Nano-crystallisation and magnetic softening in Fe-B binary alloys induced by ultra-rapid heating

R. Parsons, B. Zang, K. Onodera, H. Kishimoto, T. Shoji, Akira Kato, K. Suzuki

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Magnetically soft nanostructures are known to be prepared by the primary crystallisation of Fe-based amorphous precursors containing Cu and/or Nb. These nonmagnetic additives are essential for accelerated nucleation and retarded crystal growth during crystallisation. However, it has recently been found that none of these additives are necessary for the preparation of similar nanostructures when ultra-rapid annealing (URA) is employed. As a result, a magnetically soft nanostructure with exceptionally high Fe contents is realized in a simple Fe-B binary system. An obvious question is the mechanism of the nanostructural formation in such a simple system. To answer this question, the crystallisation behaviour of amorphous precursors was investigated by means of in situ resistivity measurements with heating rates up to ∼100 K s-1. The primary crystallisation temperature (T p) in Fe86B14 is increased at least by ∼100 K under URA. This brings T p to the vicinity of the glass transition (T g) predicted by Egami's zeroth-order approximation, suggesting that an enhanced nucleation rate near T g due to the contribution of homogeneous nucleation could be responsible for the nanostructural formation in Fe86B14. Contrarily, the effect of URA is absent from Fe80B14Nb6, and a magnetically soft nanostructure is realized by conventional annealing because the crystallisation reaction in this alloy takes place above T g even with a low heating rate of ∼1 K s-1. URA offers new possibilities for enhancing the saturation magnetization in nanocrystalline soft magnetic alloys through reductions of the amount of nonmagnetic additives.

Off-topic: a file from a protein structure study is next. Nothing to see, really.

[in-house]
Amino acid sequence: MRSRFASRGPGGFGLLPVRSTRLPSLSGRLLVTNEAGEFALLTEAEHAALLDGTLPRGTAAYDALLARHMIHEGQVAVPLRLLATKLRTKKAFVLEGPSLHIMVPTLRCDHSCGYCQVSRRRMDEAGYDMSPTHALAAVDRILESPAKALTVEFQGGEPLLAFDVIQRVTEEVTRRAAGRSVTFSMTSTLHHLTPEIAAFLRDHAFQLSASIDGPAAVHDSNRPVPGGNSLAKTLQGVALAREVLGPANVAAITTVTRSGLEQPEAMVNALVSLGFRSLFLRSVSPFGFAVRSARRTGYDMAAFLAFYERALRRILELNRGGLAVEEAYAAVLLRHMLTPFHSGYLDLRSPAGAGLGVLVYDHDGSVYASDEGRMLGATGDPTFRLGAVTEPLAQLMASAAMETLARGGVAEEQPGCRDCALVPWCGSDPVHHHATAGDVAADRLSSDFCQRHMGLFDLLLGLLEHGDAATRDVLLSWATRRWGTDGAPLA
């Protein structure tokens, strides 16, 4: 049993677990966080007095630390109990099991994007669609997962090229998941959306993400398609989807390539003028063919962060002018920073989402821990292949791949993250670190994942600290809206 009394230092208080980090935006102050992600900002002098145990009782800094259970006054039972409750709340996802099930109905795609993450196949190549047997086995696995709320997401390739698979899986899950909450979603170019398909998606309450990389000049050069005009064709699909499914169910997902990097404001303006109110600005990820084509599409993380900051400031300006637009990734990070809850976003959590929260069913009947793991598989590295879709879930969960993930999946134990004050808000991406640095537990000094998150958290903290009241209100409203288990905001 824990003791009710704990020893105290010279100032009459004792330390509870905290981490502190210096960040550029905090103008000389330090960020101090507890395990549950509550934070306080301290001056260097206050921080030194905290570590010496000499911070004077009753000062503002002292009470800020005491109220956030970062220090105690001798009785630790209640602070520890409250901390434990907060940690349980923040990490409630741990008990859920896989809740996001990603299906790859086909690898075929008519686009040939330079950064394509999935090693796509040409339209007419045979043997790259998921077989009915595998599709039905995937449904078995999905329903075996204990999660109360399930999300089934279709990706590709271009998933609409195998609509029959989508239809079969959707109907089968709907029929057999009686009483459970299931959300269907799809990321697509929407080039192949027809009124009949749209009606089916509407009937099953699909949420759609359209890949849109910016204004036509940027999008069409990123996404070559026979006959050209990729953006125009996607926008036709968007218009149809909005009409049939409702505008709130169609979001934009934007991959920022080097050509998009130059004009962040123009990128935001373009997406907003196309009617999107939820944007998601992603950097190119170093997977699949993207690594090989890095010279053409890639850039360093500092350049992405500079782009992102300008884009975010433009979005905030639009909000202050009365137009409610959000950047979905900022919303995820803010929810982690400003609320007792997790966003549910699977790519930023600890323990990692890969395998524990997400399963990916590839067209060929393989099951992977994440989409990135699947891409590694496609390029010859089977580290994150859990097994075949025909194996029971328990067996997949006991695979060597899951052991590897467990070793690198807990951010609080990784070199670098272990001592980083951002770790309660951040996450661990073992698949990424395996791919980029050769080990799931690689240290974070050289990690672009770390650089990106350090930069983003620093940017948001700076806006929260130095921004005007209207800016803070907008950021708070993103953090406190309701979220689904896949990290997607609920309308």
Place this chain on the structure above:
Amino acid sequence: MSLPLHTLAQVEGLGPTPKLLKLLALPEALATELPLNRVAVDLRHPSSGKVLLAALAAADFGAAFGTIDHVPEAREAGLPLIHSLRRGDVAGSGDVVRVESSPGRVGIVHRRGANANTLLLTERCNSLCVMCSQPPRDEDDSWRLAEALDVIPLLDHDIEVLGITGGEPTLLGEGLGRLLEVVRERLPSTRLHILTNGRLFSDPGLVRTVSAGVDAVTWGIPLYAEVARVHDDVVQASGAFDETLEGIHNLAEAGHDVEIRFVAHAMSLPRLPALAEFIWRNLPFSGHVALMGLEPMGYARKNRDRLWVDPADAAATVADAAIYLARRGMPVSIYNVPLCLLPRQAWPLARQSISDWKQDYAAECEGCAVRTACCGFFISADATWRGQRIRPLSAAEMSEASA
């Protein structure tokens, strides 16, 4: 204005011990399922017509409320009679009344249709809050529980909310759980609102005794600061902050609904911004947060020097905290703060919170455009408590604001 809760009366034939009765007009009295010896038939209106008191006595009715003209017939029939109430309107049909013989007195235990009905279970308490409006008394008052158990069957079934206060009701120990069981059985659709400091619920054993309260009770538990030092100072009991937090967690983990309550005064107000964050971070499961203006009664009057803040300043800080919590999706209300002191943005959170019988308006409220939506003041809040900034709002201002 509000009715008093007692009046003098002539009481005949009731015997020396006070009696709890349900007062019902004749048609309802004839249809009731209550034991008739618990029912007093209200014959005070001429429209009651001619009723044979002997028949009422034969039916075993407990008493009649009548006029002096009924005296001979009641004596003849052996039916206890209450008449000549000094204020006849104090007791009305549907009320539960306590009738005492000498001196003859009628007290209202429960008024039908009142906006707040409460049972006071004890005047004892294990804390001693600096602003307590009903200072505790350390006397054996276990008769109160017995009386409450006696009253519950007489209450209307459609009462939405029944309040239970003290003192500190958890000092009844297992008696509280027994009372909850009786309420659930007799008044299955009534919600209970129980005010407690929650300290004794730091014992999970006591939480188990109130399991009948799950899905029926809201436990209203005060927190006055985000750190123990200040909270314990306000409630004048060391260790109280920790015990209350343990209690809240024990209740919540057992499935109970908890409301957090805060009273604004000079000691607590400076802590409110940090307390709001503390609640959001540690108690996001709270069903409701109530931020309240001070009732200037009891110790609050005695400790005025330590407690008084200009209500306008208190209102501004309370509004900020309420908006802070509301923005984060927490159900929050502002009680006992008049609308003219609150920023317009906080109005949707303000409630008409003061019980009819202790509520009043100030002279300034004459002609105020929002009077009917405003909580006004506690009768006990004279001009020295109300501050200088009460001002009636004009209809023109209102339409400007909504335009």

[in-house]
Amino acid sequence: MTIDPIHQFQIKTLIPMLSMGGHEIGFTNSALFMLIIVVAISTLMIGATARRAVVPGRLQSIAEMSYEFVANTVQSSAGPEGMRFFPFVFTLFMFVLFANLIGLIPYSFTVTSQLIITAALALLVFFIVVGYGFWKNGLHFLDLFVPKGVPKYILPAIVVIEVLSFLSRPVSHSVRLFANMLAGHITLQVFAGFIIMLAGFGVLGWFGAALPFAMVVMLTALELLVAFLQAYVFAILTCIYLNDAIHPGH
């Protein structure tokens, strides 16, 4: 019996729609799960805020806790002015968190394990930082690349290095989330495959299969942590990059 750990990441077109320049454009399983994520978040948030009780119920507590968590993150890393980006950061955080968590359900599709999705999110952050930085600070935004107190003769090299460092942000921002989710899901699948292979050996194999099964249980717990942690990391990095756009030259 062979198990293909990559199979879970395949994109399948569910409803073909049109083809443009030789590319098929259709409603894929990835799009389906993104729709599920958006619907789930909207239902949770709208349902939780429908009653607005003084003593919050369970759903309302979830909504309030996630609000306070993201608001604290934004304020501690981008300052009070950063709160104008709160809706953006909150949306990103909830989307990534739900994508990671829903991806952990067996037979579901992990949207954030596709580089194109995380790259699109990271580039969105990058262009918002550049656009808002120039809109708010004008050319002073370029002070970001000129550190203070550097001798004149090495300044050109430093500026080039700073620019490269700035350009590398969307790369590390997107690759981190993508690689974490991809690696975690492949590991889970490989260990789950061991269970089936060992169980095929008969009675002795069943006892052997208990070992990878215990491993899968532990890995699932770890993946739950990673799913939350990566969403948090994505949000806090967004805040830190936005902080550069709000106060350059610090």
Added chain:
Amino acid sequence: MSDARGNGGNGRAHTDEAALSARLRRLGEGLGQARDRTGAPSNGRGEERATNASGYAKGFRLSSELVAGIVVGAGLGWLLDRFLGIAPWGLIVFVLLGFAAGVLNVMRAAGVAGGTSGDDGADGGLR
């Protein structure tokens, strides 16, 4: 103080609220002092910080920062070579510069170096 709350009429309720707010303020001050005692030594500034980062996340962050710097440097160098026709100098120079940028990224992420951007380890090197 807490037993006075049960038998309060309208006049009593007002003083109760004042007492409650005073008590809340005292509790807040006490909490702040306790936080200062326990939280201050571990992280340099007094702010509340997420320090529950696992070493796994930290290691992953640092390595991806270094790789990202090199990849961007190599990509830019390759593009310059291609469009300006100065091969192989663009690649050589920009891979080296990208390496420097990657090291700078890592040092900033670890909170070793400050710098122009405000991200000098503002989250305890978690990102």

Original languageEnglish
Article number415001
Number of pages11
JournalJournal of Physics D: Applied Physics
Issue number41
Publication statusPublished - 5 Sep 2018


  • coercivity
  • glass transition
  • grain size
  • nucleation
  • random anisotropy

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